Abstract: The RASDR design team is releasing an initial version of a software-defined receiver (SDR) for radio astronomy entitled RASDR2. The receiver consists of two high-density circuit boards -- a wide-band femtocell chip on the front end analog interface MyriadRF board linked to a digitization and function control DigiRed board -- coupled to a computer via a USB3 interface. RASDRViewer software runs in a Windows environment and performs receiver control, FFT analysis, spectrum averaging, power monitoring and other functions. Depending on specific application, RASDR2 is used with an antenna, filter, preamplifier, optional upconversion or system control devices, and external frequency/time reference signals. The team has three RASDR2 units in operation and is working to make units available to SARA members.
RASDR2 software, firmware and hardware are discussed in other conference presentations. This presentation covers RASDR2 application to solve some common experimental challenges encountered by members of the community of amateur radio astronomers. Results of operation in several RF spectral bands will be shown and discussed.
SID Monitoring using Raspberry Pi
By: Ciprian “Chip” Sufitchi
Abstract:As technology advances and becomes more and more affordable, research/crowdsourcing projects such as Sudden Ionospheric Disturbance (SID) monitoring could run 24 hours a day on inexpensive devices. Traditionally, a computer (PC) equipped with a good quality sound card is required to receive VLF signals, process them, store and draw data, and report it in a public database. For a continuos operation a PC is not an ideal platform though, being unreliable and expensive. Attempts to use microcontrollers such as Arduino were successfull, as presented at the Annual SARA Conference in 2013 (“Sidruino”) however they generally require an external VLF receiver. Raspberry Pi, a credit-card-sized single-board computer developed in the UK by the Raspberry Pi Foundation based on Linux as operating system, could be an attractive alternative – it is inexpensive, fast enough to perform Fast Fourier transform on incoming audio signal from the audio board, can be powered from batteries and it is supported by a large group of open-source enthusiasts around the world. The paper will focus on external hardware able to receive a wide VLF spectrum and a few SID monitoring applications running on Raspberry Pi.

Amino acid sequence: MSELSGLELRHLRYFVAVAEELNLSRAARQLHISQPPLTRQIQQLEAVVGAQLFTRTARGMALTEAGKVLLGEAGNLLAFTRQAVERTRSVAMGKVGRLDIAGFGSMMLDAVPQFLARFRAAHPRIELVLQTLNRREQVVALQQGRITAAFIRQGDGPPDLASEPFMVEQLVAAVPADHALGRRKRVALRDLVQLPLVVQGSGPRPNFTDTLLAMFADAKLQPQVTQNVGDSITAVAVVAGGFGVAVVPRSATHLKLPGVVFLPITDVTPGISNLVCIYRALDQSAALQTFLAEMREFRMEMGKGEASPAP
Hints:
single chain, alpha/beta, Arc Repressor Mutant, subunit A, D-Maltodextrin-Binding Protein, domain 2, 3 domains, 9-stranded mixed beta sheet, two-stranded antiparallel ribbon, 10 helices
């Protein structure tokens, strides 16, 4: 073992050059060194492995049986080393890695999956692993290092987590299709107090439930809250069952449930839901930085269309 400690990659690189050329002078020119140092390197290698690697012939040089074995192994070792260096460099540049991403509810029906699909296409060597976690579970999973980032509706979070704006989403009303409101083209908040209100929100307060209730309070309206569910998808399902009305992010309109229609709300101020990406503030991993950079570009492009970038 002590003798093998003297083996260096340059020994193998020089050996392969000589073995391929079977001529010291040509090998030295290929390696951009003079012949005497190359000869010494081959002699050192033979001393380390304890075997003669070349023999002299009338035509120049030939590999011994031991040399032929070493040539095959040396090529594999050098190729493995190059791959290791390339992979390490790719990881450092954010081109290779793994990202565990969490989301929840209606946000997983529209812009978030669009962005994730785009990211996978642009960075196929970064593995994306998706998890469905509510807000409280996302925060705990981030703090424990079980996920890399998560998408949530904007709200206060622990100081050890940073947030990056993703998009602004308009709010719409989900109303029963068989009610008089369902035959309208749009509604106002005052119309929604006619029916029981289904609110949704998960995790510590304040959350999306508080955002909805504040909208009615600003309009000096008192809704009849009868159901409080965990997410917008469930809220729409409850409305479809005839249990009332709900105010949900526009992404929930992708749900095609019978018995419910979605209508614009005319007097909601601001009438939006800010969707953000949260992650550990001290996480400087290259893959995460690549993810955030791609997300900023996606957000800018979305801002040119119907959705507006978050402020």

The role of mass produced antennas and feeds on the future of radio astronomy development
" A Survey "
By: Mohammed Q. Hassan
Abstract: The rapid development in modern radio astronomy has led to proposing low cost high production level antennas. While the Allen Telescope array is dependent on 21 ft. offset Gregorian antennas having 42 antennas and the potential of increasing it to the full array of 350 units depending on funding, there is a far more profound project that is better financed internationally with a potential of having 3000 antennas, which is the Square Kilometer Array (SKA).
The SKA will have similar offset Gregorian antenna design except that the antennas will be considerably larger (49 ft. or 15m in diameter), providing lower frequency start-up and ending range from its log periodic feeds. Such a single antenna configuration can make it attractive for university based educational radio astronomy projects, where simultaneous observations over a number of frequencies within the specified range can be made possible.
This review / survey paper will show us the challenges put forward to combine several ground breaking concepts leading to a unified design that could be produced in large numbers. Several institutions are collaborating to bring this into fruition.